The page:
§ SIR WILLIAM WEDDERBURN (Banffshire)
I beg to ask the Secretary of State for India, whether the Select Committee of the Madras Legislative Council, in reporting on the Bill, which afterwards became Act II. of 1894 (Madras Proprietary Village Service Act), stated that they had no information regarding the duties of village servants, other than the village accountant; whether the Act has been brought into force, and, if not, will he explain for what reason; and whether, according to Mr. J. D. Rees, Head Assistant Collector at Tinnevelly, and other authorities, interference with the ancient village police system has led to an increase of crime?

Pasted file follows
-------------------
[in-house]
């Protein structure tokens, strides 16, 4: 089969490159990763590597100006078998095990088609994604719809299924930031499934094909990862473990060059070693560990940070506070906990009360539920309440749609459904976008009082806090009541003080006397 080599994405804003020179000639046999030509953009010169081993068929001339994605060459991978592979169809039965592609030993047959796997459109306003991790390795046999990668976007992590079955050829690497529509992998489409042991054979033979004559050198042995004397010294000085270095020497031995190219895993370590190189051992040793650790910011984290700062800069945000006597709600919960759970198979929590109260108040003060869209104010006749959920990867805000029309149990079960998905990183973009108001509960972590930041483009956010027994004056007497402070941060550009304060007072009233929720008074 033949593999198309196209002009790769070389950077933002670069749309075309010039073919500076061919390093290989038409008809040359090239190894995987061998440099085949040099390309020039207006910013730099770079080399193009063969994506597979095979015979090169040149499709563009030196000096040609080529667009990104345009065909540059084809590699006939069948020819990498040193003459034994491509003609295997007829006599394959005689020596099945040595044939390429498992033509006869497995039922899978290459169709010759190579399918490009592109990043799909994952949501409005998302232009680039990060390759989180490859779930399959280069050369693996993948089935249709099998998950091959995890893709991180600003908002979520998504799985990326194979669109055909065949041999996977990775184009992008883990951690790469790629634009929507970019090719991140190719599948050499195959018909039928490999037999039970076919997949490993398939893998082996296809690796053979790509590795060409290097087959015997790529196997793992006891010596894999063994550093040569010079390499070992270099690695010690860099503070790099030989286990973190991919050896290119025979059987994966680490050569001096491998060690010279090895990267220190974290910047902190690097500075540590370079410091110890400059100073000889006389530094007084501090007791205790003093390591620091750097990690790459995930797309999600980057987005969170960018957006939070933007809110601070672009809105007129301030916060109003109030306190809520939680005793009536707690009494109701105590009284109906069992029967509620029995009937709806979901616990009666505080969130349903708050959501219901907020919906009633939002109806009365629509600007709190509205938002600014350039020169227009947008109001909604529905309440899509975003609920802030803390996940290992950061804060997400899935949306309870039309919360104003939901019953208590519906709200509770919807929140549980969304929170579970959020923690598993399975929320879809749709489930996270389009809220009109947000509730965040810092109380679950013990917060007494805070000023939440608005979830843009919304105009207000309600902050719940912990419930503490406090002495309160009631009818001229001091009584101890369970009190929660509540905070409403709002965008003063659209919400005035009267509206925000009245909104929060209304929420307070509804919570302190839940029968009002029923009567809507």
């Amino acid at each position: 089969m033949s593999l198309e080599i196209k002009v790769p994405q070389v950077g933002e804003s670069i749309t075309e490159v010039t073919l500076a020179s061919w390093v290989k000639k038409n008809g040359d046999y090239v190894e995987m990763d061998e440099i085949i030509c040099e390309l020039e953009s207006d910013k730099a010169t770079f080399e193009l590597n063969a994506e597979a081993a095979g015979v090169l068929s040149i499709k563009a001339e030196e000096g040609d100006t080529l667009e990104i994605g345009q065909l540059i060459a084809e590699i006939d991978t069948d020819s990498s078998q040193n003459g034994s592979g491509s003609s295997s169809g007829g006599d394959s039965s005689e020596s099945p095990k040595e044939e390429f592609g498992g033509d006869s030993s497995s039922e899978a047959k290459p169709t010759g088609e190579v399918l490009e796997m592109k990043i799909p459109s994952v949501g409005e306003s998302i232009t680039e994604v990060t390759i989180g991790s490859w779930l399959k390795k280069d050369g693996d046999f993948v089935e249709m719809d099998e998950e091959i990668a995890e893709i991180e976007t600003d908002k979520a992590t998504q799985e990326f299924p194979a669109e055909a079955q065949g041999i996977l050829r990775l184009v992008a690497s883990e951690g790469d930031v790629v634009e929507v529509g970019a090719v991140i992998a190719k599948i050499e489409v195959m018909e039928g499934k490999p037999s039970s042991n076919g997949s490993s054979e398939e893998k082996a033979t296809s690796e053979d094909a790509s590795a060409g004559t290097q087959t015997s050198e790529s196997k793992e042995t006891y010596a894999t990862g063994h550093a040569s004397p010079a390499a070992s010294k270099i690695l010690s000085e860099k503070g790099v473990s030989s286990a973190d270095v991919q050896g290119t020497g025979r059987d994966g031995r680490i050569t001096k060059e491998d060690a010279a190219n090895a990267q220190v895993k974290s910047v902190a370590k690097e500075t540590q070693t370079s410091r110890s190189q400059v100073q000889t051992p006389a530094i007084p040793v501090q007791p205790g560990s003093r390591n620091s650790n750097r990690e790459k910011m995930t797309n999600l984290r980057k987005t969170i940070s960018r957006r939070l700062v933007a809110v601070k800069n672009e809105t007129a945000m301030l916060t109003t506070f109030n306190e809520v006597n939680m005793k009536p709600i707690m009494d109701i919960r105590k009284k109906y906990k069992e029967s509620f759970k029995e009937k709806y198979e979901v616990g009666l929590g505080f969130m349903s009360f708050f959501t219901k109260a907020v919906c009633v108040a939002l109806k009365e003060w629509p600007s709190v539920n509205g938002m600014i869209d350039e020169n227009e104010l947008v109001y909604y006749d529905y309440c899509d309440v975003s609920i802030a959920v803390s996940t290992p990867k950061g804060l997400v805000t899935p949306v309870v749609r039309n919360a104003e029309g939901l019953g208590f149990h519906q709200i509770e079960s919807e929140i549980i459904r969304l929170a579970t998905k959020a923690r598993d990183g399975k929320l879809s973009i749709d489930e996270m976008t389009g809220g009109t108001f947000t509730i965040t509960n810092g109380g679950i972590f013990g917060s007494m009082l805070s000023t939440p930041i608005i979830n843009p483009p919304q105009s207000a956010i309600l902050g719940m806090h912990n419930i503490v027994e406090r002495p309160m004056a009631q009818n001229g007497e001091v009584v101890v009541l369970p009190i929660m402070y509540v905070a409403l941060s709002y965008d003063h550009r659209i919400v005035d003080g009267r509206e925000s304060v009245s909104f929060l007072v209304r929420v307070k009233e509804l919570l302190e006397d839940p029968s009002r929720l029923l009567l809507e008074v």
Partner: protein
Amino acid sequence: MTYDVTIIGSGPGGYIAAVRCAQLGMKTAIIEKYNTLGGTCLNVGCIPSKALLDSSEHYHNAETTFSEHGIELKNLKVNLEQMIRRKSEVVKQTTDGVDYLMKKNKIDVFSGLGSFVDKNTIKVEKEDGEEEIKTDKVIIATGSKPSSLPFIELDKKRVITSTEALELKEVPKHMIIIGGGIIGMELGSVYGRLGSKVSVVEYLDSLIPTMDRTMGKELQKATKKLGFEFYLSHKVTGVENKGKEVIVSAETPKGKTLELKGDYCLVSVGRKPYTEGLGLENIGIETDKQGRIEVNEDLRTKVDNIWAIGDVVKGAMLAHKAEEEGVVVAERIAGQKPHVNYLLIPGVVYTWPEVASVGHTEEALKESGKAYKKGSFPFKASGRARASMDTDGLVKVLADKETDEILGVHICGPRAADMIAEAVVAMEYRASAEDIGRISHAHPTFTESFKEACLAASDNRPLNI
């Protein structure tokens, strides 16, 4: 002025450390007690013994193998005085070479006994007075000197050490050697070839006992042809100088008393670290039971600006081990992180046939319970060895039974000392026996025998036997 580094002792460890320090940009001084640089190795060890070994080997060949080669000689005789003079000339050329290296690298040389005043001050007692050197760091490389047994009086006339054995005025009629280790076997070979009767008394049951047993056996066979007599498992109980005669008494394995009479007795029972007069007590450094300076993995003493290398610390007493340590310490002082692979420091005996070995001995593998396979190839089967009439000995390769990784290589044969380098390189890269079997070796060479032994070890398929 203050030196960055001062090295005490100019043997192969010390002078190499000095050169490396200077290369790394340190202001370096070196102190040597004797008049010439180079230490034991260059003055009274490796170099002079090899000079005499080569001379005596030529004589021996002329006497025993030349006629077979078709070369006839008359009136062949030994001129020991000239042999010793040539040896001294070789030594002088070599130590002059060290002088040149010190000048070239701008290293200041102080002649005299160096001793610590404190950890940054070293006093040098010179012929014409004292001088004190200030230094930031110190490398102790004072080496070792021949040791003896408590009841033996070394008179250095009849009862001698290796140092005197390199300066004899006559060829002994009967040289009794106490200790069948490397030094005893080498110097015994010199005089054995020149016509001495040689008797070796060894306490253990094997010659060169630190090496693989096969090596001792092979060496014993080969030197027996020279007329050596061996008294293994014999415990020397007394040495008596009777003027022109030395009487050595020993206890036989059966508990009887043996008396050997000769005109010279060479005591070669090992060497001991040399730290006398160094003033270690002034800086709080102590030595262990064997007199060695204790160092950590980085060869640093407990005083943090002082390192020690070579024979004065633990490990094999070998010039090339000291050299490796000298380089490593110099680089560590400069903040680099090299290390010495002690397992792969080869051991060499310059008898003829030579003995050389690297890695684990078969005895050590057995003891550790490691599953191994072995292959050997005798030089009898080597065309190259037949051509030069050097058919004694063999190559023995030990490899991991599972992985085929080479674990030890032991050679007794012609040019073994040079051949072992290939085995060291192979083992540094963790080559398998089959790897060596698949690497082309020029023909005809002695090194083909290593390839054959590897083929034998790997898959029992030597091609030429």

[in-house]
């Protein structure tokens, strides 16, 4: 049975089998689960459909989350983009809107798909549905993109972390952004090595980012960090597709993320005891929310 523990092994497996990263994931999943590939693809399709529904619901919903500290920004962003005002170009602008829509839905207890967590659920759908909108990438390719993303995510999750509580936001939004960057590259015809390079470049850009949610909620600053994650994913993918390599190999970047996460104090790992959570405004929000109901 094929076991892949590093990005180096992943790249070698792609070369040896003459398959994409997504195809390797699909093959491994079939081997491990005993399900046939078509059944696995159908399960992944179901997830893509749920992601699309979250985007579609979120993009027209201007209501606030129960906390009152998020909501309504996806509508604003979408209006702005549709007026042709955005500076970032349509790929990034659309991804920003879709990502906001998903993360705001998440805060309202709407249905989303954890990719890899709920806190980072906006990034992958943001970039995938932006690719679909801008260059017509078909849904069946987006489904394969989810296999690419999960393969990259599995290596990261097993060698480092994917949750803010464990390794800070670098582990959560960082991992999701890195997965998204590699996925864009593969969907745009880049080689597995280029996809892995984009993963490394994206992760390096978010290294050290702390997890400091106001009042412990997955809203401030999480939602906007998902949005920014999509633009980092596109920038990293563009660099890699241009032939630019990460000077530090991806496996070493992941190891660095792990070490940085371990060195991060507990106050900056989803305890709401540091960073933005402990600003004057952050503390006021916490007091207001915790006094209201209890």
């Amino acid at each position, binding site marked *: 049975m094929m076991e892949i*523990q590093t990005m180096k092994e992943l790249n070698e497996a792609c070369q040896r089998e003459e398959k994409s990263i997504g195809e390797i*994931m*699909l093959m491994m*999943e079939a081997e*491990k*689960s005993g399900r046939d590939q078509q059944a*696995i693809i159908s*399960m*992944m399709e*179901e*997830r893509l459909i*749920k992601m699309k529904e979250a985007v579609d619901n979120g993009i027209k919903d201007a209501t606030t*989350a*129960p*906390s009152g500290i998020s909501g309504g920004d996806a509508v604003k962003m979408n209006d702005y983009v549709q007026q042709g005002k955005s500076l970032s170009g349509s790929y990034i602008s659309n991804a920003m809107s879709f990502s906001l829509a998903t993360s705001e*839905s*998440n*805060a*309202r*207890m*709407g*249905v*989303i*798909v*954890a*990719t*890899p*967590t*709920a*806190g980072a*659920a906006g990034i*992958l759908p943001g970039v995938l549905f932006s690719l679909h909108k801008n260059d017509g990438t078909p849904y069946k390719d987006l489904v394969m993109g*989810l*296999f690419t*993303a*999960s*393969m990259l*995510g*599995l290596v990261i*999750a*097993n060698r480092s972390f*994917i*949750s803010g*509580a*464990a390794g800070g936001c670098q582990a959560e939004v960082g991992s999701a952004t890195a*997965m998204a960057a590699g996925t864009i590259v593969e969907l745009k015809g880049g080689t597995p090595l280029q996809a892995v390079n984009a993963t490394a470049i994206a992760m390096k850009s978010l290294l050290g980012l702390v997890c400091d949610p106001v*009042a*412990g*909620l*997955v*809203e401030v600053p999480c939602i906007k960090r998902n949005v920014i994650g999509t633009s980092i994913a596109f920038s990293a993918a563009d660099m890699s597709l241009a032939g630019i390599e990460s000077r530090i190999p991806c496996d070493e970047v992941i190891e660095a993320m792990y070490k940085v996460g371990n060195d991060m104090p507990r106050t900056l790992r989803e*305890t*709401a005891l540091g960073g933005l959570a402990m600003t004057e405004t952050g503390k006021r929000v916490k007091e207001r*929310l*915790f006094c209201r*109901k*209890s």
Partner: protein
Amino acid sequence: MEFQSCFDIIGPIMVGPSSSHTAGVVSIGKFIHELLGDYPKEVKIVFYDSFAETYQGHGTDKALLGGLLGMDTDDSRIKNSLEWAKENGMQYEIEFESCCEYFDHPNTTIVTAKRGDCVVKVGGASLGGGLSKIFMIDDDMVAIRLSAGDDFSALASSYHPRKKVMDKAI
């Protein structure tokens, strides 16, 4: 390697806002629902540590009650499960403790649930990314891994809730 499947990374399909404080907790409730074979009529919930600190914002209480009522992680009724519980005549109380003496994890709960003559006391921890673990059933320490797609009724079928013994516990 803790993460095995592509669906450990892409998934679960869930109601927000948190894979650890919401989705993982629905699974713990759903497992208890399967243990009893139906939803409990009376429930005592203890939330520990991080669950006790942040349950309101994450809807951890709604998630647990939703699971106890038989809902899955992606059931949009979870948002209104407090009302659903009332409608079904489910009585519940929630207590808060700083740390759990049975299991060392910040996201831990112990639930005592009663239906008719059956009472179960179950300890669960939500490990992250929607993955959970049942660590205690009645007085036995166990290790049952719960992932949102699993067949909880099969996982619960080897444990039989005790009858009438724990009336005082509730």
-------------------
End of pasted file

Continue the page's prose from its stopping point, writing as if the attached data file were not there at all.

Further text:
§ THE SECRETARY OF STATE FOR INDIA (Lord GEORGE HAMILTON,) Middlesex, Ealing
The Select Committee gave their want of information as a reason for leaving to the Board of Revenue the definition of the duties of the various classes of village officers, instead of attempting to define them in the Act. I am not aware that the Act has been brought into operation. The delay is presumably due to the necessity for thoroughly investigating the conditions of each locality before bringing it under the Act. Under the "ancient village system" in force in the particular locality of which Mr. Rees was writing, the villagers were in the 193 habit of engaging as policemen professional robbers, who divided their remuneration with their caste-fellows, it was probably the suppression of this blackmailing which in Mr. Rees' opinion led to an increase of crime in 1878, but a more obvious cause is the famine of the previous year.